struct bar_lib;
    void foo(struct bar_lib*);
    It's the usual lesson of c.l.c -- you think you only do what
    "everyone" does, and then it turns out they don't.

    I should probably admit here that my primary language is C++. It might
    be the case that this style is more common there. I didn't bring it
    up because it seemed the languages worked the same in this area
    (except you can refer to 'struct Foo' as just 'Foo').
    True. So this isn't the reason. If all users of foo.h will want
    bar_lib.h too, the forwarding above is pointless. The assumption above
    is that users will want to deal with Foo objects, but probably not
    mess with the struct bar_lib.

    'impl' was a badly chosen name -- it makes it sound as if struct Foo
    is just a wrapper for a struct bar_lib. I think it's more realistic
    to assume struct Foo contains a bunch of immediately useful elements,
    /and/ this opaque handle.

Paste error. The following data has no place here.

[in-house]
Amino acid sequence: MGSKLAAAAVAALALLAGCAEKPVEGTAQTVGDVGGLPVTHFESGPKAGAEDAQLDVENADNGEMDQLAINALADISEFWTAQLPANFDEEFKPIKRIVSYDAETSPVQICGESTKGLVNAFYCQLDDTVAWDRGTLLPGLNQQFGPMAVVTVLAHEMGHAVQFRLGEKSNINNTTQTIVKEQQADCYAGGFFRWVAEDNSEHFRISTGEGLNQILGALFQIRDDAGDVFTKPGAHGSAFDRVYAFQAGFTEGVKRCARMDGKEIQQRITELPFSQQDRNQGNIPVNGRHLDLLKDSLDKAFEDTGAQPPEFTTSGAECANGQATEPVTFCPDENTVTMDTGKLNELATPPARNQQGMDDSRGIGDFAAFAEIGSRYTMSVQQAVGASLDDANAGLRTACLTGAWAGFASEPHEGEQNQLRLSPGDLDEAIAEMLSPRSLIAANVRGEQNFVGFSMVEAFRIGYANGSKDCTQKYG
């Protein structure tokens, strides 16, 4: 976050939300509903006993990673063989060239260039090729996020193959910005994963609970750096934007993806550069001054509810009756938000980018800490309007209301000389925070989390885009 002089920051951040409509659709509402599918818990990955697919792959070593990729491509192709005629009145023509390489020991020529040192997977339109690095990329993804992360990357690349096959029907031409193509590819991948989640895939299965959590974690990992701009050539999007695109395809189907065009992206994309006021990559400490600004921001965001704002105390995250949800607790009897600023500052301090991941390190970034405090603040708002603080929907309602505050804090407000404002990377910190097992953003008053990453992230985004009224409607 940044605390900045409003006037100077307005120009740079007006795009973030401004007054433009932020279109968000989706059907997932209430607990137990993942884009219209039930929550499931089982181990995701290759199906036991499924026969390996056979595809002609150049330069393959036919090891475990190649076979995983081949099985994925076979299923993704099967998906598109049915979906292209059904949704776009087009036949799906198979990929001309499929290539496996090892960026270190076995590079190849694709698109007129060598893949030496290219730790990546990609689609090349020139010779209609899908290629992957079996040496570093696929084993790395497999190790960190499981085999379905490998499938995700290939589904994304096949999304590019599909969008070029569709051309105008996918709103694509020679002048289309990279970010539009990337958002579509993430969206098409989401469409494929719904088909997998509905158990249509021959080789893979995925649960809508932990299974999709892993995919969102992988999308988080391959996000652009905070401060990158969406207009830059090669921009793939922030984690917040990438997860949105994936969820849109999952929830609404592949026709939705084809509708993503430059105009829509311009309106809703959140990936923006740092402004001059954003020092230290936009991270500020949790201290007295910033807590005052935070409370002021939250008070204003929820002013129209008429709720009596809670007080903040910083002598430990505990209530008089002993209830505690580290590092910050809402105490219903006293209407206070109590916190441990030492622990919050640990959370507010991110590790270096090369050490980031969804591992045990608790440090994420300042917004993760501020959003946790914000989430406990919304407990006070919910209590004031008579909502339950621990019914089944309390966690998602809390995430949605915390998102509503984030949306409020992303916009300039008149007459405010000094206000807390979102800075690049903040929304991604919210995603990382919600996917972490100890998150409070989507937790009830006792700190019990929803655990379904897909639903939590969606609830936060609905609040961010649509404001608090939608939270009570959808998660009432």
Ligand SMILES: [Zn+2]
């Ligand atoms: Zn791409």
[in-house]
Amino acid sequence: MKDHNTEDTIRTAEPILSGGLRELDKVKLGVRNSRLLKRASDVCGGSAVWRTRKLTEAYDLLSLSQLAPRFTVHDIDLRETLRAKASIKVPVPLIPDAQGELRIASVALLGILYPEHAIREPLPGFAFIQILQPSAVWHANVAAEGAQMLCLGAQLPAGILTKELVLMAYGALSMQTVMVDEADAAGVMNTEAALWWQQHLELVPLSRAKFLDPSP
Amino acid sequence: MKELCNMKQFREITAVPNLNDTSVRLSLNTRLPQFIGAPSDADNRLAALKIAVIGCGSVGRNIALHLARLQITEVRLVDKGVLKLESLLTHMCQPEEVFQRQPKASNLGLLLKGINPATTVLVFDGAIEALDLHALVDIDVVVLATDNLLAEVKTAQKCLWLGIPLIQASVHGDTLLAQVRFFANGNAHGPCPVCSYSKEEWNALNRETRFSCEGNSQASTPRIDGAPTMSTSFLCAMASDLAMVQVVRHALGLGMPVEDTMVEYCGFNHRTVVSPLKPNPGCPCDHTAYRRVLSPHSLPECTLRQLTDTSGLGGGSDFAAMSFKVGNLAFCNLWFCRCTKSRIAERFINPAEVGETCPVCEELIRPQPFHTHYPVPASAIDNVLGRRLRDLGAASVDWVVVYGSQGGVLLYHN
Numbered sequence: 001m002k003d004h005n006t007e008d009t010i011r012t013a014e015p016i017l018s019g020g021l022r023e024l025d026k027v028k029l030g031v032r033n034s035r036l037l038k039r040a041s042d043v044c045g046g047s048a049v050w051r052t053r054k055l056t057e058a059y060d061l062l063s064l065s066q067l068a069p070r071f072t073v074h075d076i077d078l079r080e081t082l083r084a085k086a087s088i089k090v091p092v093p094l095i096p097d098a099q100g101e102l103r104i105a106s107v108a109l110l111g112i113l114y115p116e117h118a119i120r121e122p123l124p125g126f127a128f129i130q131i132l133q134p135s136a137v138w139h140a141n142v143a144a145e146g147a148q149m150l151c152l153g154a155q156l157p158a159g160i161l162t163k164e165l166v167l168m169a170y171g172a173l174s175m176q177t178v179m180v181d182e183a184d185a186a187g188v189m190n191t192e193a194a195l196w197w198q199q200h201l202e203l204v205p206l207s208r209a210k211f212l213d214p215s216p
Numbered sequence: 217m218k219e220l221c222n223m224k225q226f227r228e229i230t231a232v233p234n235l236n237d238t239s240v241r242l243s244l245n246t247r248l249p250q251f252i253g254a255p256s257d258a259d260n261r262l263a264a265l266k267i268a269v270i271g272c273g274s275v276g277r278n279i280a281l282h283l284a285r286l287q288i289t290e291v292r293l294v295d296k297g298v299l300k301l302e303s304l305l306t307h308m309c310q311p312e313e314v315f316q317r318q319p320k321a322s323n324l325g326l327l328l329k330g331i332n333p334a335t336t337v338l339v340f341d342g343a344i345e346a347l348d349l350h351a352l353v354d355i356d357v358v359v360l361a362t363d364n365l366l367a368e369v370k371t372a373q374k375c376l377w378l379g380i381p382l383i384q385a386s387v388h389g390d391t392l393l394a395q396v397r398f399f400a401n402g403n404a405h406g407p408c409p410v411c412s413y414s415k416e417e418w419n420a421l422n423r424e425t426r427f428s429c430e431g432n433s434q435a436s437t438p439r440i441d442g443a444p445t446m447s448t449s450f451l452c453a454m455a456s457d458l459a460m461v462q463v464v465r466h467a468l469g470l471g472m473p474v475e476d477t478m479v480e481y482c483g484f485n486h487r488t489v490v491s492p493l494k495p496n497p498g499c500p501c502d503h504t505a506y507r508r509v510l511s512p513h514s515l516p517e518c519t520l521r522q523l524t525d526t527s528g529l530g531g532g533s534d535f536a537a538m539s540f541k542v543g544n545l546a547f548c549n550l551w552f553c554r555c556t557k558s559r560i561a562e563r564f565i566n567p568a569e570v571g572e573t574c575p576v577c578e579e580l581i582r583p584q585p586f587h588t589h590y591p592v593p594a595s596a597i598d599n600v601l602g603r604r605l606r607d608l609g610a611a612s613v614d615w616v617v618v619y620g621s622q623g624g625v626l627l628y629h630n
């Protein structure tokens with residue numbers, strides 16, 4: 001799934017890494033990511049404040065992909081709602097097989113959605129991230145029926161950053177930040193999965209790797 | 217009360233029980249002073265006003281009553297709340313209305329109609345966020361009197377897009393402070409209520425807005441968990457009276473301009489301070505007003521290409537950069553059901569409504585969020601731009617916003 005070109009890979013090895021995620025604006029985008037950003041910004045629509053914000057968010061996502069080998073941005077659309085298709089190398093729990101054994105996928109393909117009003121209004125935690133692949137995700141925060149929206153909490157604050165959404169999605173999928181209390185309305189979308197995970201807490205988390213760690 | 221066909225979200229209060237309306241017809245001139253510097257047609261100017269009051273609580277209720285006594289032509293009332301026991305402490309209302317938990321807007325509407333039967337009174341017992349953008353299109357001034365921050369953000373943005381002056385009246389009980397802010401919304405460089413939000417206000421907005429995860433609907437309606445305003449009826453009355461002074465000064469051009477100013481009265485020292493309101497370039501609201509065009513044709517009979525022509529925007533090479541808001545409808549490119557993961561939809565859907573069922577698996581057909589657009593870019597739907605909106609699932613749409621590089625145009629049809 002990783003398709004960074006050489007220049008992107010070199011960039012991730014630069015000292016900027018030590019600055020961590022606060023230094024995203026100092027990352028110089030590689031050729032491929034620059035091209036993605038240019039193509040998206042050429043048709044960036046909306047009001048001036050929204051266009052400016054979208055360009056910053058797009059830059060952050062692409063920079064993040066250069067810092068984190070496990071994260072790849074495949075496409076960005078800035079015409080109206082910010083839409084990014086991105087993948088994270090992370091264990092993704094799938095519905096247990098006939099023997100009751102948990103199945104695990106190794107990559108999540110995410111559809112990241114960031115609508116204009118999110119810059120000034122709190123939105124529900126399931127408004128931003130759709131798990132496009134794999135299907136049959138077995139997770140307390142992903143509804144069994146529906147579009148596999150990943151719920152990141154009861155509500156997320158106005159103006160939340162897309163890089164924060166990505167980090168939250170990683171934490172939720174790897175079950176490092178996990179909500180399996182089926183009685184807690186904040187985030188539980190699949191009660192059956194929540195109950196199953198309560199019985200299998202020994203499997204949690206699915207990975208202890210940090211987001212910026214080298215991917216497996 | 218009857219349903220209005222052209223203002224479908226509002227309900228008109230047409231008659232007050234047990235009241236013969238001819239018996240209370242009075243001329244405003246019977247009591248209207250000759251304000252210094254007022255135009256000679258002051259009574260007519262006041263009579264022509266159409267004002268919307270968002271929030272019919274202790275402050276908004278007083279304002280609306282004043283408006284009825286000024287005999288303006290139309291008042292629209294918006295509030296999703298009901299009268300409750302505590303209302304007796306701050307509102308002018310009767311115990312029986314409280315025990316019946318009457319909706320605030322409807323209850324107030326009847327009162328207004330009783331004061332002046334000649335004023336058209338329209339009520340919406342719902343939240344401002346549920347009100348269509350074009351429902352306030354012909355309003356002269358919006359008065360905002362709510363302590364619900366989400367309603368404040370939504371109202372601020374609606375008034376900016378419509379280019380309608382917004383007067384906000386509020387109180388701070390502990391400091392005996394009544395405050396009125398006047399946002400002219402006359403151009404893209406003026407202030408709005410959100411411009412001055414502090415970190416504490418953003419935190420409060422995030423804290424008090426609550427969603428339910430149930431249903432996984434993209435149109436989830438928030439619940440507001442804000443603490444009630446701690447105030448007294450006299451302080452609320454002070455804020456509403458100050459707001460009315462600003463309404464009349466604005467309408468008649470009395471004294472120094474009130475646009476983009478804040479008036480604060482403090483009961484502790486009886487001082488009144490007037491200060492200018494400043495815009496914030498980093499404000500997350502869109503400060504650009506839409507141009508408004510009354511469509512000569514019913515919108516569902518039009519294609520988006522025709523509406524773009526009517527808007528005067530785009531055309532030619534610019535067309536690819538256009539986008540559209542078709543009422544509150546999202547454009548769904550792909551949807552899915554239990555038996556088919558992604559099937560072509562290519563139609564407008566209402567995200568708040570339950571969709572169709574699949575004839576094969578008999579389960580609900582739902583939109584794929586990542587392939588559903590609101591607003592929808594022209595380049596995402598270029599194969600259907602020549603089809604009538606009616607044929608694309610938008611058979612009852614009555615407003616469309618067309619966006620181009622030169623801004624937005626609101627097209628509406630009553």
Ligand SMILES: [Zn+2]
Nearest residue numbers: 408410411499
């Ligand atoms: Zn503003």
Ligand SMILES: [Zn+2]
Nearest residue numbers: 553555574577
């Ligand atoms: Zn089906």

By the way, I now realize a much clearer and simpler example would
    have been something like this:

    // serialize.h
    struct in_addr;
    struct in6_addr;
    struct Foo;
    int serialize_addr(char* buf, size_t len, struct in_addr val);
    int serialize_addr6(char* buf, size_t len, struct in6_addr val);
    int serialize_foo(char* buf, size_t len, struct Foo val);
    // ...
    Yes, although I value my type safety and try to stay clear of void*.
    This is why I shouldn't have used the name 'impl' in the example. Yes,
    if the contents of struct Foo are entirely uninteresting to its
    clients, I would probably make it opaque, too.
    Yes, absent it is. I should have made the purpose of the example more
    clear. My question was "could I have done this without knowing the
    struct tag bar_lib?" and "how would knowing a typedef for it have
    helped me?"

    Jorgen Grahn, Feb 9, 2014